The storm began in Alaska and walked almost the entire territory of the Arctic Sea. Over the last 34 years the number of such storms over the North Pole, recorded in August, does not exceed eight. Unusual storm called because usually such atmospheric pressure system about 964 mbar are in the Arctic, but in the winter.
According to experts, late storms can have a huge impact on the sea ice, causing it to melt at an accelerated pace. Ice by the heat of the masses rather break into lumps that are carried by the wind in the warm latitudes, and there is melting in a matter of days. Such as storms Fit warm water from lower latitudes to the Arctic glaciers, which helps them to melt, not sliding.
Scientists suggest that there will be a storm will lead to the next minimum Arctic ice. Ten years ago the storm would not cause significant changes in the thickness and quality of the Arctic ice, because then it was much thicker and stronger. Of modern observations, we can conclude that the number of storms in an uncharacteristic season began to grow in the last decades of the 20th century, which can be explained by a warmer world.
Summer cyclonic storm in the Arctic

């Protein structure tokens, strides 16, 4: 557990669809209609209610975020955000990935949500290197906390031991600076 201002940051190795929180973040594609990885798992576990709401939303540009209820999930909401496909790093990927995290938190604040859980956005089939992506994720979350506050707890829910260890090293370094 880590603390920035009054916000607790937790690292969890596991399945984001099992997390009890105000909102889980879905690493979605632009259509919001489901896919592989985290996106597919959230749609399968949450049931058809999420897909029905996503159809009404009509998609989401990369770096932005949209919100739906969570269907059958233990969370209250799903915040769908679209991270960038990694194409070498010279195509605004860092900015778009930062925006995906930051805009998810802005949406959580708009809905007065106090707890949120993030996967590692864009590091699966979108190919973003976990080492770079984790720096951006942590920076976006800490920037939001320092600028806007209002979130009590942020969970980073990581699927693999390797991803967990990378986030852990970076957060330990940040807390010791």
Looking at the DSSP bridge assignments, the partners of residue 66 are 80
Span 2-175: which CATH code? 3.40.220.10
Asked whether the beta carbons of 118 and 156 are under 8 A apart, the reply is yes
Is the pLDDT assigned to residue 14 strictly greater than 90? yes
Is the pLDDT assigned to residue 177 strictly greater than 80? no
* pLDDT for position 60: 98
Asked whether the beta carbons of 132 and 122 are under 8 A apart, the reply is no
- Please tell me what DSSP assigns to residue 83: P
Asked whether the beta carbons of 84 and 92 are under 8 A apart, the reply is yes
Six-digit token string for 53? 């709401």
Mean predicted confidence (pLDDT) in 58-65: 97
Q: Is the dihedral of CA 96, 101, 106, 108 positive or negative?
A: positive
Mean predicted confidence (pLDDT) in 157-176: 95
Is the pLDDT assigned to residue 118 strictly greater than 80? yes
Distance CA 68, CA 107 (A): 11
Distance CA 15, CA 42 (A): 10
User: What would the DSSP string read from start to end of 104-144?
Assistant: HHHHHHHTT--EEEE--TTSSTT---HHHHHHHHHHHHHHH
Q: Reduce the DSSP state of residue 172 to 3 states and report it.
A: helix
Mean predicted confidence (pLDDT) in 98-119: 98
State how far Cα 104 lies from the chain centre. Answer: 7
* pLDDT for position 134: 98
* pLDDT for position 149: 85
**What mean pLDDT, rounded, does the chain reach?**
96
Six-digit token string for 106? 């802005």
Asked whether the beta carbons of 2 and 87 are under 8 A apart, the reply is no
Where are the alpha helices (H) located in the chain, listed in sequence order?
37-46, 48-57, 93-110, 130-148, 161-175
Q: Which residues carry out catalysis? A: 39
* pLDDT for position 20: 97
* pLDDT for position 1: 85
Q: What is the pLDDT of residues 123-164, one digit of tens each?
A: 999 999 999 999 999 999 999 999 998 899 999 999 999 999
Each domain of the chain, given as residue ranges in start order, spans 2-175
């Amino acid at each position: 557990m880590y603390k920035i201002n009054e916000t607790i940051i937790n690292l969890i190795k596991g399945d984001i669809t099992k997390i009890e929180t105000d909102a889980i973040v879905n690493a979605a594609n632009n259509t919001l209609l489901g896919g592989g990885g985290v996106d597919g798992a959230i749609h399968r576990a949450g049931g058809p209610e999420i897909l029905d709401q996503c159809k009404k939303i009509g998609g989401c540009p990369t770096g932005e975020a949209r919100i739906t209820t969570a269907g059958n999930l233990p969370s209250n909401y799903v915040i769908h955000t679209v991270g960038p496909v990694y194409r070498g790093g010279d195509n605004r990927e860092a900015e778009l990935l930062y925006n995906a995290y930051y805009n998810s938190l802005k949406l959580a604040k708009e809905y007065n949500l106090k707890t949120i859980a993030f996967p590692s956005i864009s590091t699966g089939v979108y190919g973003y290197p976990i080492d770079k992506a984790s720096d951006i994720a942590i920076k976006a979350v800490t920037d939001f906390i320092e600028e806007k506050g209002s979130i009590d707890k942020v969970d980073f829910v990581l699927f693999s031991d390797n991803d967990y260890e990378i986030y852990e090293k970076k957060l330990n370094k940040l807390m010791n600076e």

August 11. A rare summer storm hit the Arctic this week. Beginning on the coast of Alaska, he slowly, over several days, moved over most of the Arctic Ocean, before finally dissipate.
By itself, the storm is unusual — Space Flight Center NASA (Goddard Space Flight Center) in Greenbelt, Md., said that over the last 34 years has been about eight storms so strong in August. This meteorological event was recorded on August 6 photos using Moderate Resolution Imaging Spectroradiometer (MODIS) satellite on NASA's Aqua. Cyclone rotates in the direction of the North Pole, Greenland is seen in the lower left corner. Scientists can only guess what impact can have on nature and people like cyclonic storm.
Arctic storms like this can have a strong influence on sea ice as a result of which they start to melt quickly. But in Greenland glaciers melted. In fact, these storms tear chunks of ice and drive them in warm water, or being forced to rise from the depths of the warm waters of the Arctic Ocean. Claire Parkinson, a climatologist from NASA Goddard, suggests that the storm caused the separation of large piece of ice from the main sea ice massif. It can lead to more serious decay of the ice cover in summer than it would have been, had it not been a storm. Perhaps this will lead to new Arctic minimum.
But a few decades ago, a storm of the same strength would have a smaller impact on the sea ice, as if ice was thicker and takes up more space.
Source: Rage Of Nature